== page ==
Posts Tagged 'credit union'

Credit unions grow in 2010

Things are looking up for us in the credit union world, according to the Detroit News:

For a second straight year, Michigan credit unions added more than 50,000 members in 2010. That’s nearly three times the 17,000 members added in 2008, then the biggest gain in five years.

Whether it was disgust with high fees, jacked-up interest rates, slashed credit lines or the handing out of billion-dollar bonuses after taking government bailouts, more recession-weary people have decided big banks look too much like Mr. Potter, the greedy banker in Frank Capra’s classic film.

This squares with the reporting from our local MLive.com on businesses turning to credit unions, too.

Not to brag, but we’ve always thought credit unions were a pretty sweet deal.

$1000 holiday cash winner

Congratulations to Wendy Shaw of Jackson – she was our $1,000 holiday cash winner from our Winter Vehicle Sale.

Wendy financed a Ford Freestyle at the sale. “We like the van even better now,” her husband Fred said.

And indeed, Wendy couldn’t believe she was the winner when we called. But now that she has that extra $1,000, she’s using it all to go Christmas shopping for her five grandkids.

Congratulations Wendy!

Store credit cards make more, cost more

A news item from the Wall Street Journal confirms what we’ve found – that store cards (like from Target, Kohl’s, or Best Buy) cost more than a plain old credit card:

A chunk of the customer base for these cards is made up of low-income households and less credit-worthy borrowers. As a result, these cards typically carry higher interest rates and lower credit lines than general-purpose cards.

Store label card issuers also make more off these cards.

“Issuers of retail credit cards make $16 to $18 of interest and fee income on every $100 loaned out, before subtracting expenses,” the Journal says. “Earnings on general-purpose cards typically are $14 to $15 per $100 loaned.”

That one or two dollar difference may not seem like a lot, but multiply it by thousand dollar balances and the millions of people who have store cards, and it adds up to a lot of profit for credit card issuers.

Customers think that by signing up for the store card and getting 10% off a purchase (for instance), they’re getting a good deal. Over the long term, however, these store brand cards can cost you more.

American 1: Everywhere you are, too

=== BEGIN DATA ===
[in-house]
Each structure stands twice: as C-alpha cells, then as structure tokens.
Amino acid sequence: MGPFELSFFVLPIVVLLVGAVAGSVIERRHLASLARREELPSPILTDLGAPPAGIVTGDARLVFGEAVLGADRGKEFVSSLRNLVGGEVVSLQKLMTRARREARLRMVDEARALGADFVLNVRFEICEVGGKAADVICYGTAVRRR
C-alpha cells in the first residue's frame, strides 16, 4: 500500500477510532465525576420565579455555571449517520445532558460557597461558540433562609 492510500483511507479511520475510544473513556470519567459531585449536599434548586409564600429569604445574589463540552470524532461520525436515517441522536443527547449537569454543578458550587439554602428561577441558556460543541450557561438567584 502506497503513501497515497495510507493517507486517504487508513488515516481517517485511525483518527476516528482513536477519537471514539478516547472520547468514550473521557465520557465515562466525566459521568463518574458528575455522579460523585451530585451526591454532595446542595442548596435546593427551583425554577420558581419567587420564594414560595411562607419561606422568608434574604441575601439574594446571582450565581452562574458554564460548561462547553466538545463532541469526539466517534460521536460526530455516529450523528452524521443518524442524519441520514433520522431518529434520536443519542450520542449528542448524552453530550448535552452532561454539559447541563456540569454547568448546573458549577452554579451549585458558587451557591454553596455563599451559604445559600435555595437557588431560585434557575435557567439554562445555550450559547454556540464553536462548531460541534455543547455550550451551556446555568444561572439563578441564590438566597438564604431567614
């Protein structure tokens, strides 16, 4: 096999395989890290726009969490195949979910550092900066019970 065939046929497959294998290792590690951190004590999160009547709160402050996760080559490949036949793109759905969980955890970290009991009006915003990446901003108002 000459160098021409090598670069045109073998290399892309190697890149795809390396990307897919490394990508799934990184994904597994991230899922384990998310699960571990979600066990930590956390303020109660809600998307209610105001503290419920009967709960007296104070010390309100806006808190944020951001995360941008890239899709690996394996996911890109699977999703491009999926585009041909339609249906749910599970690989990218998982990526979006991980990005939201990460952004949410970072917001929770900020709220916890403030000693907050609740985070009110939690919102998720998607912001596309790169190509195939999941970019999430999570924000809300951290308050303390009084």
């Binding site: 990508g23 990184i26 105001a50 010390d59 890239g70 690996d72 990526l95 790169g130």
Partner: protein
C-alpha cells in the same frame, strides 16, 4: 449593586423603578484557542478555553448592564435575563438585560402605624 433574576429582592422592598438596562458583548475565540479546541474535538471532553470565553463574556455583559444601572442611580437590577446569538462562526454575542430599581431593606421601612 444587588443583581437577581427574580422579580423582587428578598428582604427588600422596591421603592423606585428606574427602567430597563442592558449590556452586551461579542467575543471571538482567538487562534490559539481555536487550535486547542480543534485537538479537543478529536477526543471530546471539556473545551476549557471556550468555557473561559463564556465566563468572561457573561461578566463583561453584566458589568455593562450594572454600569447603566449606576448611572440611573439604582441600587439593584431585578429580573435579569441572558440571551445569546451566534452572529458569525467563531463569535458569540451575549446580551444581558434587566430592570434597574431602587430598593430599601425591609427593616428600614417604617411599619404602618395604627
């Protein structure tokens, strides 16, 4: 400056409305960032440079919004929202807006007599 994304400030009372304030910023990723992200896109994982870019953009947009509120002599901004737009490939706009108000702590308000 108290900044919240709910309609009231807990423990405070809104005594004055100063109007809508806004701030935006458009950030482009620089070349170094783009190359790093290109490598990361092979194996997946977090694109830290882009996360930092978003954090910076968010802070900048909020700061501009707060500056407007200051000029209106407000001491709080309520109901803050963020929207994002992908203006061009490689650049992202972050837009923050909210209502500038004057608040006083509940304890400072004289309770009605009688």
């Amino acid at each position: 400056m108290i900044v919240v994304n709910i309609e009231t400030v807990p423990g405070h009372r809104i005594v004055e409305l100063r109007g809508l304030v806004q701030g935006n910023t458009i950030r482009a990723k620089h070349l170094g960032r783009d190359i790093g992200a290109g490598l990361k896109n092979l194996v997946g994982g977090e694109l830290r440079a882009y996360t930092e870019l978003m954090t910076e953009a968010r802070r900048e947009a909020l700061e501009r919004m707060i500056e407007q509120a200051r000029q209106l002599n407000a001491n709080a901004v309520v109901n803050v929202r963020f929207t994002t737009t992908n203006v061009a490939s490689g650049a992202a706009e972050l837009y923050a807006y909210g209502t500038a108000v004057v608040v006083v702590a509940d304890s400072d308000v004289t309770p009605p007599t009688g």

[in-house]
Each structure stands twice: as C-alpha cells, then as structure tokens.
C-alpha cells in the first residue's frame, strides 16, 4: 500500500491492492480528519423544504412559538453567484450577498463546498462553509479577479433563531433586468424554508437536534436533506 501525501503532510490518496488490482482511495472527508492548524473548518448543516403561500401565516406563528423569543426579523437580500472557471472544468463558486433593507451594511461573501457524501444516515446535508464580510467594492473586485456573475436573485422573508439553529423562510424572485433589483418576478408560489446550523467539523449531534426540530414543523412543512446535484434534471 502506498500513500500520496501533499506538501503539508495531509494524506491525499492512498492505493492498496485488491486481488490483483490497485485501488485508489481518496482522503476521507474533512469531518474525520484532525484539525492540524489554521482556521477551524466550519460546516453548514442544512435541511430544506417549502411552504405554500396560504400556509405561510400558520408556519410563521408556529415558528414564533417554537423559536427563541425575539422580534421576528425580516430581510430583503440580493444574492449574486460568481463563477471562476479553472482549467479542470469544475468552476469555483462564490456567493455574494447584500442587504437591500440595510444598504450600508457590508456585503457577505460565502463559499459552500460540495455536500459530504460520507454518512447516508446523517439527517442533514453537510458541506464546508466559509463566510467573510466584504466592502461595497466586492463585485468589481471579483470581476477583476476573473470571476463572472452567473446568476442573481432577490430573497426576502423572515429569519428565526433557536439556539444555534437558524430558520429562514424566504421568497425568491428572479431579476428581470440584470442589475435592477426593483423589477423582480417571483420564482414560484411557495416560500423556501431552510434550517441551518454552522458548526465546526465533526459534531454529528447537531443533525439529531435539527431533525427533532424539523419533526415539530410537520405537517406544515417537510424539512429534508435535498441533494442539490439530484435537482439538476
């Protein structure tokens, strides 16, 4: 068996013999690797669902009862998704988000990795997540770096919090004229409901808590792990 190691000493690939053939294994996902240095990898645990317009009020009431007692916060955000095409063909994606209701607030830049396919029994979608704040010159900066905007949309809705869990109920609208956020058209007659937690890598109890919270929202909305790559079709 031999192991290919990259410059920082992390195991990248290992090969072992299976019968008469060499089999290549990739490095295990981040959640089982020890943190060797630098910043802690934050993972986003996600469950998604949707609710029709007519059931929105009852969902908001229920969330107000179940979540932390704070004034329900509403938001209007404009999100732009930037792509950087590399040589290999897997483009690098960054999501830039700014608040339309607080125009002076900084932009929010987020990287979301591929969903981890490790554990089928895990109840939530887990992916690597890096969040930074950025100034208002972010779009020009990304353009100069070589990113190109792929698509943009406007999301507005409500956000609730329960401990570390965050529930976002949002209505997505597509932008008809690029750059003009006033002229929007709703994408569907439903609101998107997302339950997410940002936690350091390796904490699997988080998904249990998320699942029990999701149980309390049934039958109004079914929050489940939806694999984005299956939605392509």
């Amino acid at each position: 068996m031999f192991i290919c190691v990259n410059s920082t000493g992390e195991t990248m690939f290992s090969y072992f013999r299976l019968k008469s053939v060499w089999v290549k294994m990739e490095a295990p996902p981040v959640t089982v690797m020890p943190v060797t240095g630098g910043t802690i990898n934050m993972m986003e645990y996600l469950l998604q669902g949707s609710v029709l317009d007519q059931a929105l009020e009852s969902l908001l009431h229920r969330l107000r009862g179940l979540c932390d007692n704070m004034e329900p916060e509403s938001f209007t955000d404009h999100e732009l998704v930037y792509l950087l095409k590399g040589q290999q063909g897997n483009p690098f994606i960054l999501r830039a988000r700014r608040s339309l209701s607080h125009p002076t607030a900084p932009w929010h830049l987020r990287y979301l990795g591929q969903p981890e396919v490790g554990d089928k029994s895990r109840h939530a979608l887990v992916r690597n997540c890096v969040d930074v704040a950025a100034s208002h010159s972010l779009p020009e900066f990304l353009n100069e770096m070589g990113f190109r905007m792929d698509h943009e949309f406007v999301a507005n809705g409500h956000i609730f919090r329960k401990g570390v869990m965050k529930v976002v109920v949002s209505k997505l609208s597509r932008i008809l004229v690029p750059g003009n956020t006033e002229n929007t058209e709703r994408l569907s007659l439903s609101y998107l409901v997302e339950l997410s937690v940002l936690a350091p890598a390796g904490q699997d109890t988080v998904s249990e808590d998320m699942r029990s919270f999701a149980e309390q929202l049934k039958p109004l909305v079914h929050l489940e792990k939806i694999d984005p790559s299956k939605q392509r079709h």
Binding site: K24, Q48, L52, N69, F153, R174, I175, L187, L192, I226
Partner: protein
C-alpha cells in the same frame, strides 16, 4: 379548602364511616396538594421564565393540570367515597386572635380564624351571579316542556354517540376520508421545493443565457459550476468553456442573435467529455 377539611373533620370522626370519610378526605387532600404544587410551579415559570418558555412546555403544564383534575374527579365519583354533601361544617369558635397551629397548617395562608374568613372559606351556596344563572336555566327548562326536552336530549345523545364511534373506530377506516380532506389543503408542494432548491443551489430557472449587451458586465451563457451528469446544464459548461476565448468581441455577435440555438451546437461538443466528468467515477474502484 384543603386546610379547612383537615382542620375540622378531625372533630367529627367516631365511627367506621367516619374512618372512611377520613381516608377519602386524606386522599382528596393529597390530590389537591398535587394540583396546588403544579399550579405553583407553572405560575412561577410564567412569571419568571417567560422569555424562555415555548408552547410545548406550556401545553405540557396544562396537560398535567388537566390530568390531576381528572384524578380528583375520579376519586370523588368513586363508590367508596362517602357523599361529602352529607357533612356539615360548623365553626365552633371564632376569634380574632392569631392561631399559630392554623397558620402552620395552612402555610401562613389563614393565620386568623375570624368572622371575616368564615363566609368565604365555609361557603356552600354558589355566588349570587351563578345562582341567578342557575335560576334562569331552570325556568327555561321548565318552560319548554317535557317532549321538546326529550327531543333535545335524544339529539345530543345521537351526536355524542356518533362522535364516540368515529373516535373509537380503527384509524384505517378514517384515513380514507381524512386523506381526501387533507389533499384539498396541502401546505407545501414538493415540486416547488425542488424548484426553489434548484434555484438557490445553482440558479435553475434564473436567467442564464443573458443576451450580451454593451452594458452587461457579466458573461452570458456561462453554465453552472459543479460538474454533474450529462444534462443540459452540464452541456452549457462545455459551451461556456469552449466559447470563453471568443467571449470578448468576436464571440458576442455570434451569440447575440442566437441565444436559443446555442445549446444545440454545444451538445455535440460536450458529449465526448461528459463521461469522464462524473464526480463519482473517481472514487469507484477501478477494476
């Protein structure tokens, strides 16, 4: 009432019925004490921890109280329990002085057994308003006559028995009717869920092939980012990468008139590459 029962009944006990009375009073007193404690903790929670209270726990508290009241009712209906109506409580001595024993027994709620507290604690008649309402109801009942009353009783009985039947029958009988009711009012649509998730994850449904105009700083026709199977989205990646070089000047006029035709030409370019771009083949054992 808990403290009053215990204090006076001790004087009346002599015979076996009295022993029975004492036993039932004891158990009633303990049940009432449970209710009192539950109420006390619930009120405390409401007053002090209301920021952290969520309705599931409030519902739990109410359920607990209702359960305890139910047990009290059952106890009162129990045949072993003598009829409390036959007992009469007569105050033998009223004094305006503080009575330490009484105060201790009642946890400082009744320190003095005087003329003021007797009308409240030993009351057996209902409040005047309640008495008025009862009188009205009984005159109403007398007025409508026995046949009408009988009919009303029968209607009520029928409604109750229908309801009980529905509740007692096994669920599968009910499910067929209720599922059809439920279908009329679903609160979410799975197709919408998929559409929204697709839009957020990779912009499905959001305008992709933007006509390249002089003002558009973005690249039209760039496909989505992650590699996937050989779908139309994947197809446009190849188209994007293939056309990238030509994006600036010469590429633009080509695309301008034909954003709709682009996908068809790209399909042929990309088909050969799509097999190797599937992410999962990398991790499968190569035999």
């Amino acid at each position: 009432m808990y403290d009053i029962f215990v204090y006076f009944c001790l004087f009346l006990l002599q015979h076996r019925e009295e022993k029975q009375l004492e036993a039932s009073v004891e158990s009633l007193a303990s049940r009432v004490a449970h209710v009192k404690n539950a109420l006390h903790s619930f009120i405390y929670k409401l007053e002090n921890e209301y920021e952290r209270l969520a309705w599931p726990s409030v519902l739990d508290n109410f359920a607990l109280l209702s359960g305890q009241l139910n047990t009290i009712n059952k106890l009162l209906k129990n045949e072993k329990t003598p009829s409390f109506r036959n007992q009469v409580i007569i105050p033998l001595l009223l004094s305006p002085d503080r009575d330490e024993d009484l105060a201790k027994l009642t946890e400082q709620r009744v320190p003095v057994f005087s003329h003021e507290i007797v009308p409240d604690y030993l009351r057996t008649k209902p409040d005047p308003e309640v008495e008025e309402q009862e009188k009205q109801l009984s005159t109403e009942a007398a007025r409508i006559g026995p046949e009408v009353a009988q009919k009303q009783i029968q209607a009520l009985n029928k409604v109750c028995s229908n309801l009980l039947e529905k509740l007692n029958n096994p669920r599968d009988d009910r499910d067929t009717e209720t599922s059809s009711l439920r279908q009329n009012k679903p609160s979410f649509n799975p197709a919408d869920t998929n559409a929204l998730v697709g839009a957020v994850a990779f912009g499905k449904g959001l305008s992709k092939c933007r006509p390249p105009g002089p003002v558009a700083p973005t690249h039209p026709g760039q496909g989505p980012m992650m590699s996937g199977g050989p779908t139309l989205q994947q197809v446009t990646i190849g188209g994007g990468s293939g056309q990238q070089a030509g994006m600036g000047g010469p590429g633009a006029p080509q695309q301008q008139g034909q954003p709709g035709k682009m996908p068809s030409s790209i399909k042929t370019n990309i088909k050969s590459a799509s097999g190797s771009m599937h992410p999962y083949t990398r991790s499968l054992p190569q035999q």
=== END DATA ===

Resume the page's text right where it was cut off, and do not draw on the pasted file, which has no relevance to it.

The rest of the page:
A fun video from Service 1 FCU up in Muskegon. The same principle applies to American 1, and most credit unions.

With services like online banking, online Bill Pay, A1 Access for your phone, and our giant network of no-surcharge ATMs, American 1 is pretty much everywhere you are.

What ‘local’ really means to us

Does the bank support community events or do they just pocket the money they earn? Do they have really good customer service or is it usually easier to just go use an ATM?

Most of the benefit of buying local comes from the fact that many local shops are involved with supporting the communities they serve…If the local bank doesn’t provide any value for being local – meaning they just scoop away money out of the community – I don’t value them any higher than any other bank. It becomes just a pure rate comparison.

Here, in an excerpt from The Simple Dollar, is American 1 in a nutshell.

As a not-for-profit credit union, we’re obligated to return our “profits” back to our members and our community. So while other financial institutions may keep the fees they charge you, we turn around and invest them in community events all year long.

That’s what being a “local” financial institution really means: giving back to the communities we serve.

Rebate 2010: birthday present

Cindy Grymko took the rebate

Last year, Cindy Grymko was thinking about her upcoming 50th birthday, and thought a new car would be a great gift.

So she got one. A beefed-up Chrysler 300C, complete with a Hemi motor and “all the horns and whistles,” she says.

“This is an upgrade model,” Cindy says. “I thought, ‘What do I need a Hemi for?’”

Cindy financed her car with Chrysler, but before she made her first payment an American 1 employee at our former Argyle Branch told her about the 50% loan rebate in April. She hadn’t had the car a month yet, but figured, “why not?”

“I told them, ‘Sure, sounds good. What do I have to do?’” Cindy says.

Initially, she had no idea how much she would get back for her interest rebate. She figured maybe $400 or $500, tops, for the interest she was paying on her souped-up Chrysler.

But when the rebate deposit hit her account, she saw the rebate gave her more than double what she thought.

“I was like, ‘Wow, that’s cool,’” Cindy says. “It’s helped me stay afloat, with the economy and helping the kids.”

Cindy was off work due to knee surgery, and was afraid she might be late on a payment – which would mean she would forfeit the rebate. But she found a way, and ended up being one of the top five rebate recipients last year.

“I would tell anyone to do it,” she says. “It’s like a tax refund, but it helps build your credit.”

Learn more about our 2010 rebate.


American 1 Federal Credit Union